UK delays post-Brexit border checks on certain foods, beverages to aid COVID-19 pandemic recovery

UK – A number of foods and beverages from the European Union will be exempted from border checks in the latest efforts by the UK government to assist its food and beverage sector to recover from the COVID-19 pandemic.

Food Ingredients First reported that health certificates on imports such as meat and milk will be pushed back from next month to October to ensure smooth cross-border movement as the country acclimatizes to a new post-Brexit normal.

“Physical checks have the potential to be among the most troublesome and cause the most delays if systems are run badly,” Tom Holder, press and communications lead at the British Retail Consortium (BRC) said.

“This easement only applies to F&B, as they are the only ones to require sanitary and phytosanitary checks, veterinary checks, and export health certificates, among others.”

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Additionally, in-person inspections on animal products due in July have also been pushed back to January 2022.

This move comes on the heels of a recent national budget announcement, which highlighted the extension of Britain’s furlough scheme and issuing a “super deduction” of 130 percent on investment taxes.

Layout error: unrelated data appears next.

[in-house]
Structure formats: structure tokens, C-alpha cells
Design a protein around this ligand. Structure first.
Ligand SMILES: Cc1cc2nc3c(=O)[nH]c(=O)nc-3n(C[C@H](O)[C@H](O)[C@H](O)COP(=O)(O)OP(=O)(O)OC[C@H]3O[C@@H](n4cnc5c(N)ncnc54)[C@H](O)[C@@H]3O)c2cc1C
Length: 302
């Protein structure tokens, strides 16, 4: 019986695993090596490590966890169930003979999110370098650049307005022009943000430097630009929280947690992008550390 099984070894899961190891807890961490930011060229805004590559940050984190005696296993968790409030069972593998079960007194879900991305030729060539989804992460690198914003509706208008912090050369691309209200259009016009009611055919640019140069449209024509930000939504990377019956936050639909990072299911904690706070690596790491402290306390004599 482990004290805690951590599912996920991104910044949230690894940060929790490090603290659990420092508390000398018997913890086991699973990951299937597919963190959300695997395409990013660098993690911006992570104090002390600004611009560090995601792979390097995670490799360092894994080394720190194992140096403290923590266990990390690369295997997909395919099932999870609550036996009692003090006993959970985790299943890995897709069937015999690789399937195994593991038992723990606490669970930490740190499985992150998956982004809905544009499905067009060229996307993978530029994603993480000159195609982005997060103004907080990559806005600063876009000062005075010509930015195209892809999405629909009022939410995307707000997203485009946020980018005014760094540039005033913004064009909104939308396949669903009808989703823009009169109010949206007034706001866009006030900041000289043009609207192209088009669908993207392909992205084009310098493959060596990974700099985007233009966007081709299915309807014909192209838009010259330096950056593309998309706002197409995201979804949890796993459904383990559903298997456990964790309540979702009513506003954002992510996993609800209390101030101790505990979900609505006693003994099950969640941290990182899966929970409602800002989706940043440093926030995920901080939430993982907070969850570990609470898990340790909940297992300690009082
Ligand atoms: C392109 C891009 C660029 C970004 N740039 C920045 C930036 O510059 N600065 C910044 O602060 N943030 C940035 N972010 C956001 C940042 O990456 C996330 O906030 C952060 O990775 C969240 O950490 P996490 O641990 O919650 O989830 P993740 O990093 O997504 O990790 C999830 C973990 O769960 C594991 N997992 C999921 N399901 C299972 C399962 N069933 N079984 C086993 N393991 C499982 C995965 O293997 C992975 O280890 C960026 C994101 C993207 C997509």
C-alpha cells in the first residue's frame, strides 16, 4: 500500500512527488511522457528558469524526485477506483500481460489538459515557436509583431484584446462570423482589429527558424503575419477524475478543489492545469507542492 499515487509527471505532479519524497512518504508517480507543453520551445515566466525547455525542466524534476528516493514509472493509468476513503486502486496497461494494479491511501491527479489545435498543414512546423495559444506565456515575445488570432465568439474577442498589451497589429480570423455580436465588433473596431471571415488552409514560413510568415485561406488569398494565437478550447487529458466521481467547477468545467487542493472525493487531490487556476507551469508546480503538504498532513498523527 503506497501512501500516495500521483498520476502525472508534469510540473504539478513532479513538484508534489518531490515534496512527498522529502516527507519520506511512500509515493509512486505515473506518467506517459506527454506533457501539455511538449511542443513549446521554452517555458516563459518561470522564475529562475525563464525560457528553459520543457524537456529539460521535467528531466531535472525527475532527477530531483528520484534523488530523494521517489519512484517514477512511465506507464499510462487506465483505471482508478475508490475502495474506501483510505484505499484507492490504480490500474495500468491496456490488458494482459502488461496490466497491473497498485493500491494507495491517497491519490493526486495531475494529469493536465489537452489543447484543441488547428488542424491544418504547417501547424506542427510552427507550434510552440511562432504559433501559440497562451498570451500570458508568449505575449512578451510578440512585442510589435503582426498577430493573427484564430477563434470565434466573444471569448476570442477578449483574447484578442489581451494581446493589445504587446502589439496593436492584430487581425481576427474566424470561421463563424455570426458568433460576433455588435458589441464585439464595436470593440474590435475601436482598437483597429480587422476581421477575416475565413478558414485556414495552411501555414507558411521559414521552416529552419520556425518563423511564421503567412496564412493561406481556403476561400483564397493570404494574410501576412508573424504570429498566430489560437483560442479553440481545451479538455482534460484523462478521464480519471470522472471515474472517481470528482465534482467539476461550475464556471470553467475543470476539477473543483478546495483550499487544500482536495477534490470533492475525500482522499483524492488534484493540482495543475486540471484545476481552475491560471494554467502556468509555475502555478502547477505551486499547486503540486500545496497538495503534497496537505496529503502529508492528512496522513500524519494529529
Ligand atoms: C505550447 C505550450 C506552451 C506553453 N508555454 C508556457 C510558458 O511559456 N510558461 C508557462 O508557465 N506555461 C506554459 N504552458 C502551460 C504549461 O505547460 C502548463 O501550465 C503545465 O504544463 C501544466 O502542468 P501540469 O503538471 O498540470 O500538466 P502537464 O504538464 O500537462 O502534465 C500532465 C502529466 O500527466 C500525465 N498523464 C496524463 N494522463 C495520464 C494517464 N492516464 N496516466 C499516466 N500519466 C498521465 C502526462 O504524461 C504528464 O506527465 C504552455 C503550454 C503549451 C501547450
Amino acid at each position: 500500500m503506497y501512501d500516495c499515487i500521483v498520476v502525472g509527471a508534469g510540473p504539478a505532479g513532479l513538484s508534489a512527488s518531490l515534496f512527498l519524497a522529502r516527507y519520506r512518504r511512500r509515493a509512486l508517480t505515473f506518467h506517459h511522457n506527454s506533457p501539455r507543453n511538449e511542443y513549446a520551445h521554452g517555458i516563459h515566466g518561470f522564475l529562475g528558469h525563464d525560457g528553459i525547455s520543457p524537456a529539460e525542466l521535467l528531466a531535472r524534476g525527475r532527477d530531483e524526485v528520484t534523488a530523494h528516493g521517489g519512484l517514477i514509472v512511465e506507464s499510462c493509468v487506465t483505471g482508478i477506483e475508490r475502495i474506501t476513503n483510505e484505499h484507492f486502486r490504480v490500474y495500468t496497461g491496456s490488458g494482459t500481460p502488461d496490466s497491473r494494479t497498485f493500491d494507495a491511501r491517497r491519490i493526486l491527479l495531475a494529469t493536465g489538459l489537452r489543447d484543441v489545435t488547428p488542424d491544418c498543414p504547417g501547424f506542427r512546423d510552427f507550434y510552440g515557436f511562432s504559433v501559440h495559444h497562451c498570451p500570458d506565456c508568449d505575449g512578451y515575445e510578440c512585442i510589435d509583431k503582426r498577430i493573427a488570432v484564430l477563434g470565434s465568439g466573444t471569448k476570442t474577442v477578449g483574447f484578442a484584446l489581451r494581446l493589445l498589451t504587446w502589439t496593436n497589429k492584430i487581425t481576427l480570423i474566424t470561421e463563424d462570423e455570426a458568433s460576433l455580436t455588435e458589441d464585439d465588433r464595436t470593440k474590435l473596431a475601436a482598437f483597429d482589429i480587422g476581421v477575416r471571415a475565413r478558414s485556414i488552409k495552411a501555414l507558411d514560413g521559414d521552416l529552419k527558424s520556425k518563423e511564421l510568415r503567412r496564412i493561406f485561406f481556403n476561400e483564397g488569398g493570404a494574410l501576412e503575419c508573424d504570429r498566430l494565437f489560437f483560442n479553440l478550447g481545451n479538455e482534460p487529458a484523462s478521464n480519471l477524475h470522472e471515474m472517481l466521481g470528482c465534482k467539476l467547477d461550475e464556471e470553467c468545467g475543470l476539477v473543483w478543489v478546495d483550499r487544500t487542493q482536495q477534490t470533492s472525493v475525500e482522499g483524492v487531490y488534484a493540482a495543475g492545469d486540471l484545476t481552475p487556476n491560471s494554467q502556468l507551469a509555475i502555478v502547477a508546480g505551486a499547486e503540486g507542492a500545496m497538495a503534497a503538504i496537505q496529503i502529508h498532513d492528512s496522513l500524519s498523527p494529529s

Commenting on the development, Ian Wright, chief executive of the UK Food and Drink Federation said, “Government must now use this time to do everything it can to support UK food and drink exporters who continue to face huge difficulties moving goods into the EU.”

“They must work constructively with the EU to address barriers to trade by improving the implementation of the trade agreement and streamlining processes,” Wright added.

The announcement comes as a relief particularly to the meat industry which has suffered major losses since the implementation of full checks at the border between the UK and EU.

Seafood is an area which has been impacted badly by the new system with reports indicating that some exporters have not had the correct paperwork causing delays on both sides of the English Channel.

Many say that perishable meat products destined for the EU were delayed so much at the border that rotten consignments had to be thrown away.

 “We are pleased that the government has listened to us and postponed border checks until the systems and border posts are ready. With many of the key Border Control Posts currently little more than a hole in the ground, the six month easement comes in the nick of time,” says Andrew Opie, director of food & sustainability at the BRC.

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The director of food and sustainability at the BRC further advised that the UK Government must not rest on its laurels, and “the next six months must be used to establish and communicate the new systems with UK retailers and EU suppliers.”

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